“A rear-end collision with a stopped vehicle establishes a prima facie case of liability against the moving vehicle and imposes a duty of explanation on its driver” (Rozengauz v. Lok Wing Ha, 280 A.D.2d 534, 535, 720 N.Y.S.2d 181, quoting Kachuba v. A & G Cleaning Serv., 273 A.D.2d 277, 277, 709 N.Y.S.2d 851;  see Ayach v. Ghazal, 25 A.D.3d 742, 743, 808 N.Y.S.2d 759;  Russ v. Investech Sec., 6 A.D.3d 602, 602, 775 N.Y.S.2d 867;  Belitsis v. Airborne Express Freight Corp., 306 A.D.2d 507, 508, 761 N.Y.S.2d 329;  Dickie v. Pei Xiang Shi, 304 A.D.2d 786, 787, 759 N.Y.S.2d 141).   Here, the defendants established, prima facie, that they were entitled to summary judgment on the issue of liability, based on the affidavit of Sepulveda that the defendants' vehicle was stopped in traffic when it was struck in the rear by the vehicle operated by the plaintiff.   The burden then shifted to the plaintiff to come forward with an explanation for the accident.   Contrary to the determination of the Supreme Court, the plaintiff's explanation that the accident occurred when the defendants' vehicle switched lanes, cutting in front of his vehicle, and attempting to make an illegal U-turn, and that the defendants' vehicle was still moving at the moment of impact, raised triable issues of fact sufficient to defeat the defendants' motion (see Hussain v. Manhattan Cable T.V., 308 A.D.2d 433, 434, 764 N.Y.S.2d 127;  Rozengauz v. Lok Wing Ha, supra at 535, 720 N.Y.S.2d 181;  Green v. Hong Lee Trading, 263 A.D.2d 445, 692 N.Y.S.2d 699;  Galitsis-Orengo v. MCL Imports, 251 A.D.2d 285, 674 N.Y.S.2d 58;  Figueroa v. Cadbury Util. Constr. Corp., 239 A.D.2d 285, 657 N.Y.S.2d 422).

 In addition, the defendants failed to establish, prima facie, that the plaintiff did not sustain a serious injury within the meaning of Insurance Law § 5102(d).  The affirmed medical reports of the defendants' examining physicians failed to specify the degrees of range of motion in the plaintiff's cervical spine (see Madatova v. Madatov, 27 A.D.3d 531, 811 N.Y.S.2d 760), and only specified the degrees of range of motion with respect to two types of movement of the plaintiff's lumbar spine, without comparing these findings to the normal range of motion (see Aronov v. Leybovich, 3 A.D.3d 511, 512, 770 N.Y.S.2d 741).   The defendants have thus left the court to speculate as to the significance of the numerical results they did report.   Since the defendants failed to meet their initial burden of establishing a prima facie case, the sufficiency of the plaintiff's opposition papers need not be considered in connection with the defendants' motion (see Paulino v. Dedios, 24 A.D.3d 741, 741-742, 807 N.Y.S.2d 397;  Aronov v. Leybovich, supra).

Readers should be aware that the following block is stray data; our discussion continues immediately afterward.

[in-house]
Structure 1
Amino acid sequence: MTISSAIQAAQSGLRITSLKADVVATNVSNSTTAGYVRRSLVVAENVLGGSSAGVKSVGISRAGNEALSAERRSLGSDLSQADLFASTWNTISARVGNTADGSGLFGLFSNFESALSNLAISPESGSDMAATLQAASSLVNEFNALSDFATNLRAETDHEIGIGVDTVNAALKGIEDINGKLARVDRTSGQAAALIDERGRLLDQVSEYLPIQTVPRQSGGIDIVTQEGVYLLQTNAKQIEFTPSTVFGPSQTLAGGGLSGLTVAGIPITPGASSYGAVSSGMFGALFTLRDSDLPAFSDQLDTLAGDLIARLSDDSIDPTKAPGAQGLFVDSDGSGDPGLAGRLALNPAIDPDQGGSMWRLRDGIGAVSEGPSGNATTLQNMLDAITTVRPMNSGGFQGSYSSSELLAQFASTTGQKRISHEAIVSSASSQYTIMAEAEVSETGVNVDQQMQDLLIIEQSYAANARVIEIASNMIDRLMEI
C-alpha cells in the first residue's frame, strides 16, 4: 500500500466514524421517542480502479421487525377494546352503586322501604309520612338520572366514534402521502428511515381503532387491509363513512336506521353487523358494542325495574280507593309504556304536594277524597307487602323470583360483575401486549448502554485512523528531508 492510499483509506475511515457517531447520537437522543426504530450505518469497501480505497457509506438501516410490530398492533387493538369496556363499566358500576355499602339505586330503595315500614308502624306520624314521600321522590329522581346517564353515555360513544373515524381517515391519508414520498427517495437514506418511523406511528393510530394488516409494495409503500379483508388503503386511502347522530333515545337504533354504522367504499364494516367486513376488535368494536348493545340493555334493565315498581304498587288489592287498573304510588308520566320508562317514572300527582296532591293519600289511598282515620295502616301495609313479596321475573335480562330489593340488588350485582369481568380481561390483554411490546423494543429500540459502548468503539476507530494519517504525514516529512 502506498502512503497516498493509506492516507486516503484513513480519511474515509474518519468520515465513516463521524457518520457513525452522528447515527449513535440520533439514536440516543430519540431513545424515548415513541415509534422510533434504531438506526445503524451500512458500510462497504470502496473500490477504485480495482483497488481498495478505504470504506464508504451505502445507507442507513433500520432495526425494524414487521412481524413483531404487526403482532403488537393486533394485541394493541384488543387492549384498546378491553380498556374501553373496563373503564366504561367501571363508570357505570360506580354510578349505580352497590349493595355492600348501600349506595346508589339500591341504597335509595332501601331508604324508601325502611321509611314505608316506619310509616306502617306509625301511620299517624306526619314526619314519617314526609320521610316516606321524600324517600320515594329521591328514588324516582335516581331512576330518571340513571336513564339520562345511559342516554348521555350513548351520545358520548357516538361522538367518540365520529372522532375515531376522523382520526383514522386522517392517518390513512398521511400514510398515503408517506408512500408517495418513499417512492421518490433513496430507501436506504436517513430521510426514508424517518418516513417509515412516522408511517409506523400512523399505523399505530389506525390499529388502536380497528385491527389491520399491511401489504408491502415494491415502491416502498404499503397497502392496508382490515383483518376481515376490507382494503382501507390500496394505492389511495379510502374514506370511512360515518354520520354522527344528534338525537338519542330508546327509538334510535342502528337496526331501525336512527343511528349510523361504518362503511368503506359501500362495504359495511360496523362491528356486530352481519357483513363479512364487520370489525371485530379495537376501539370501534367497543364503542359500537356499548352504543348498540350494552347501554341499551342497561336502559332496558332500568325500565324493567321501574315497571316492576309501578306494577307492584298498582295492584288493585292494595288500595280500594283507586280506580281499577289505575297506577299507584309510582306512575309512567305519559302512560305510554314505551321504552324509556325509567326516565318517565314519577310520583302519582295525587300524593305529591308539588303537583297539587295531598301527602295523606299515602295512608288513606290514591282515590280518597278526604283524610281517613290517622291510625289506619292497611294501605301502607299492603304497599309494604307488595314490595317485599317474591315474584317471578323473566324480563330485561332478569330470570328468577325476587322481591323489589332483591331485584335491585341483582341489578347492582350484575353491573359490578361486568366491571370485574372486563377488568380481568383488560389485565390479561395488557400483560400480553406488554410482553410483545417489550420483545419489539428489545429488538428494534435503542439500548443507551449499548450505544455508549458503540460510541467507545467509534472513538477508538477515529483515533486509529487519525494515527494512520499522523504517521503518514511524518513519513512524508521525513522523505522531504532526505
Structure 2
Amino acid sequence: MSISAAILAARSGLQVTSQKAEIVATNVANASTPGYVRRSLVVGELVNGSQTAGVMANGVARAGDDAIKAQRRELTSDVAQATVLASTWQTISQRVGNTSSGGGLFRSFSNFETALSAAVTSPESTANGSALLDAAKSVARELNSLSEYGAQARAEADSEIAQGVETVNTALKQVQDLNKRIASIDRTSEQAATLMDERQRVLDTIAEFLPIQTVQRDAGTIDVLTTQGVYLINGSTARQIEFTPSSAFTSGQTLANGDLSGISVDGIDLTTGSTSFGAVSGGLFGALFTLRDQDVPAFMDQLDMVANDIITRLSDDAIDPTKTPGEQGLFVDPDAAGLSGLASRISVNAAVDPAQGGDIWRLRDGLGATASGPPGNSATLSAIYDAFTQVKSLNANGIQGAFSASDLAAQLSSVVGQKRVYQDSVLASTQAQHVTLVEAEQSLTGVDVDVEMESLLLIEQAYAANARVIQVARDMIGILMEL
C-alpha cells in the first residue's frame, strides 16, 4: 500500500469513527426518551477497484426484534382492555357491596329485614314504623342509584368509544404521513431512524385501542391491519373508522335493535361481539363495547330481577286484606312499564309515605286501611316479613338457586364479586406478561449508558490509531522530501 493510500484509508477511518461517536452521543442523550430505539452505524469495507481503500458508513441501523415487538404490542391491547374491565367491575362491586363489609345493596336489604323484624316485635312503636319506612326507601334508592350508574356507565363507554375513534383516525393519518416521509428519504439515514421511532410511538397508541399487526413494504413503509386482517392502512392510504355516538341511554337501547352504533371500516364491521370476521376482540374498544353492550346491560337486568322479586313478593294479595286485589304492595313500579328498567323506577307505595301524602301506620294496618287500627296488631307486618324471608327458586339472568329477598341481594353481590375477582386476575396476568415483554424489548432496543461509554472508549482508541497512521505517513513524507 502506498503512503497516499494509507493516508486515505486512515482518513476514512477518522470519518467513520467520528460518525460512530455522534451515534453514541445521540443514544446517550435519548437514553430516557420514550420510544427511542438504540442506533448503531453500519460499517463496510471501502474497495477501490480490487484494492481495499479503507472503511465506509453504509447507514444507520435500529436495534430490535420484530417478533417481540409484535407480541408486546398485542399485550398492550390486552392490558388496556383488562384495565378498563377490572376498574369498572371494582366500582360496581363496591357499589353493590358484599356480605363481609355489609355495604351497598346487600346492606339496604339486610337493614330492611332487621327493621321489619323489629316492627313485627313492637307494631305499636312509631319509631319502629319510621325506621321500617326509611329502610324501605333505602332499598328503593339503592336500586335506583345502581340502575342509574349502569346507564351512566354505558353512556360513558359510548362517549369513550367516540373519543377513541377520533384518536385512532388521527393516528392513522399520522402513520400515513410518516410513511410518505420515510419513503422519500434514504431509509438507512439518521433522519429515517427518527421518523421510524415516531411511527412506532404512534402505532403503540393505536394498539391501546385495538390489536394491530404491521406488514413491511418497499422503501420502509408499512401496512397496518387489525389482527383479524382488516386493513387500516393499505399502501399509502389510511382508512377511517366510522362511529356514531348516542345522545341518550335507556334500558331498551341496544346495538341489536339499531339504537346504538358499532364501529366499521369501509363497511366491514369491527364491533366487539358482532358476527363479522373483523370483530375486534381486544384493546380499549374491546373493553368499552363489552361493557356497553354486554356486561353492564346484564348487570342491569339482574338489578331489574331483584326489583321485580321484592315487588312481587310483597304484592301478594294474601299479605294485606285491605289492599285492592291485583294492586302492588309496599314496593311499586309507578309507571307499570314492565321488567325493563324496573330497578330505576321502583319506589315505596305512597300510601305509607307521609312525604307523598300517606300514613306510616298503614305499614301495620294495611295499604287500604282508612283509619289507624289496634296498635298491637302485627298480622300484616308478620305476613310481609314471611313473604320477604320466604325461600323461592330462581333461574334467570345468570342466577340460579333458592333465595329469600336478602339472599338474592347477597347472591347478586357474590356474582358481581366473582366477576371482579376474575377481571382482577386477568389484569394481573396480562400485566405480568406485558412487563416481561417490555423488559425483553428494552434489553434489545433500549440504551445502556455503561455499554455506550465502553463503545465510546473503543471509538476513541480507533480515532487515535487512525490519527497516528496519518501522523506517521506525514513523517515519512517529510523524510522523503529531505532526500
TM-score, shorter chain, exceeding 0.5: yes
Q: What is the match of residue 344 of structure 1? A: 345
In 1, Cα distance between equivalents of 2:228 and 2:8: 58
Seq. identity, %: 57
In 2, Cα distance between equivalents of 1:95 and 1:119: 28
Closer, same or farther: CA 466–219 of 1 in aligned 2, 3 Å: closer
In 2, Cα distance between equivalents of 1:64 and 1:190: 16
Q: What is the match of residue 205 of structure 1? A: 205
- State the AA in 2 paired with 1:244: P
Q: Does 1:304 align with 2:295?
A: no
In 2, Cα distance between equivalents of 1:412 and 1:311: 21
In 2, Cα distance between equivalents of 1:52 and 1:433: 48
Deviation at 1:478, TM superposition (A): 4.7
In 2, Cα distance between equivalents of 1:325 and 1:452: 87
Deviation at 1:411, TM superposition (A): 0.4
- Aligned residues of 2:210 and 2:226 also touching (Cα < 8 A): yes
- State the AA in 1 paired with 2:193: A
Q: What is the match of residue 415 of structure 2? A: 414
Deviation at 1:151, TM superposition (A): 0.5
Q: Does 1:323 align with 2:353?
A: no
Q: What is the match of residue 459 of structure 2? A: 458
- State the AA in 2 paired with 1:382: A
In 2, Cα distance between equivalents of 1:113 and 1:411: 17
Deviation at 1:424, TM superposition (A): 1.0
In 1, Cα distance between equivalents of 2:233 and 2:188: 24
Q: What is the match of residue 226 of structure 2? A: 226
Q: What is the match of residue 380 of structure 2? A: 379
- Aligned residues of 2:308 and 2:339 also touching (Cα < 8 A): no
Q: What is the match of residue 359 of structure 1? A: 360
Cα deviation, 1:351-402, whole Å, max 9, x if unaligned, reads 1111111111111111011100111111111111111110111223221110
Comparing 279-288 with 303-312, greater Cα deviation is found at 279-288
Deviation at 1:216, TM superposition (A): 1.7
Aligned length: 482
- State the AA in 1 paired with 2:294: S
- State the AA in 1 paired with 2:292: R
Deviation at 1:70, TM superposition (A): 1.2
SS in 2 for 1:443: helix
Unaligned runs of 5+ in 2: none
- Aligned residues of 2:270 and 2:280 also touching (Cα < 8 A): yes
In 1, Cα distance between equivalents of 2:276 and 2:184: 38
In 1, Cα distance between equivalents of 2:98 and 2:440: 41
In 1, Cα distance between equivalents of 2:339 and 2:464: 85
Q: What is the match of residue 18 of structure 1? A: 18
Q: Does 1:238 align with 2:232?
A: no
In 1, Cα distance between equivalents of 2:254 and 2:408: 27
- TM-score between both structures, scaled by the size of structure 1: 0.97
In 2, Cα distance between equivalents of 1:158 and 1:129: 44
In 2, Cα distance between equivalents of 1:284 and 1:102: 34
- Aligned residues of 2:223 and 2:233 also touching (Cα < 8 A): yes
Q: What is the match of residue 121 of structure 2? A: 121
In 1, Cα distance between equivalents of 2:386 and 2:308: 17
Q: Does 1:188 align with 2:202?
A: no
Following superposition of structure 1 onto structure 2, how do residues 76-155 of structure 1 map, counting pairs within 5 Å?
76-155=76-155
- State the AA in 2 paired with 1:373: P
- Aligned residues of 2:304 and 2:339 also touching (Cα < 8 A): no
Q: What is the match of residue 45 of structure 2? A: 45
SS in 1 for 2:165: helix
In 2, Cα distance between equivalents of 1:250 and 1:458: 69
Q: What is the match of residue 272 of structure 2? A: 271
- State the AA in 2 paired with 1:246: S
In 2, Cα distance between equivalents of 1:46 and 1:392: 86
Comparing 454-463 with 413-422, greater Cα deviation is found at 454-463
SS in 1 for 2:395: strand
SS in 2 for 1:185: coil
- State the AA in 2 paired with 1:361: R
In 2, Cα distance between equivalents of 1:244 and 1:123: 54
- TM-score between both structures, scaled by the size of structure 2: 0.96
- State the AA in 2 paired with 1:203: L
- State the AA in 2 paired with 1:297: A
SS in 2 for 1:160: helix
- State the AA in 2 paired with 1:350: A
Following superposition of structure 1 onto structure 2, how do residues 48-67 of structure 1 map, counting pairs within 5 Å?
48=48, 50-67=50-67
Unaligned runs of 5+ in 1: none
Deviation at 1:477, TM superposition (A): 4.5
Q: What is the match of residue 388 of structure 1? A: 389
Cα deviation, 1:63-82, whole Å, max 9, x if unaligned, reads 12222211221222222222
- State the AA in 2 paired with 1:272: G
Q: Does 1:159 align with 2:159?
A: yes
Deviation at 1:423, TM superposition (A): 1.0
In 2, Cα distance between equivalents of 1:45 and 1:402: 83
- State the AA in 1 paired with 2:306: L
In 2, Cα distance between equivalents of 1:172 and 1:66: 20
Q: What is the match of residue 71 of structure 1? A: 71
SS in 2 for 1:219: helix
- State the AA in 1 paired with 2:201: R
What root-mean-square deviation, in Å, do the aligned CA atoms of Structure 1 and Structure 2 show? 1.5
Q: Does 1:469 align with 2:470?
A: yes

Thus, the defendants were not entitled to summary judgment dismissing the complaint.

 On the plaintiff's cross motion, his submissions were insufficient to establish his entitlement to judgment as a matter of law on the issue of serious injury.   Viewing the evidence in the light most favorable to the defendants in connection with the plaintiff's cross motion, the affidavit of the plaintiff's most recent treating chiropractor failed to disprove, as a matter of law, the existence of a 7 1/212 year gap in treatment, and does not explain the reason for any such discontinuity in treatment (see Pommells v. Perez, 4 N.Y.3d 566, 574, 797 N.Y.S.2d 380, 830 N.E.2d 278;  Vasquez v. Reluzco, 28 A.D.3d 365, 814 N.Y.S.2d 117;  McConnell v. Ouedraogo, 24 A.D.3d 423, 424, 805 N.Y.S.2d 418).   The Supreme Court thus properly denied the plaintiff's cross motion.

In light of the foregoing, we need not consider the plaintiff's remaining contentions.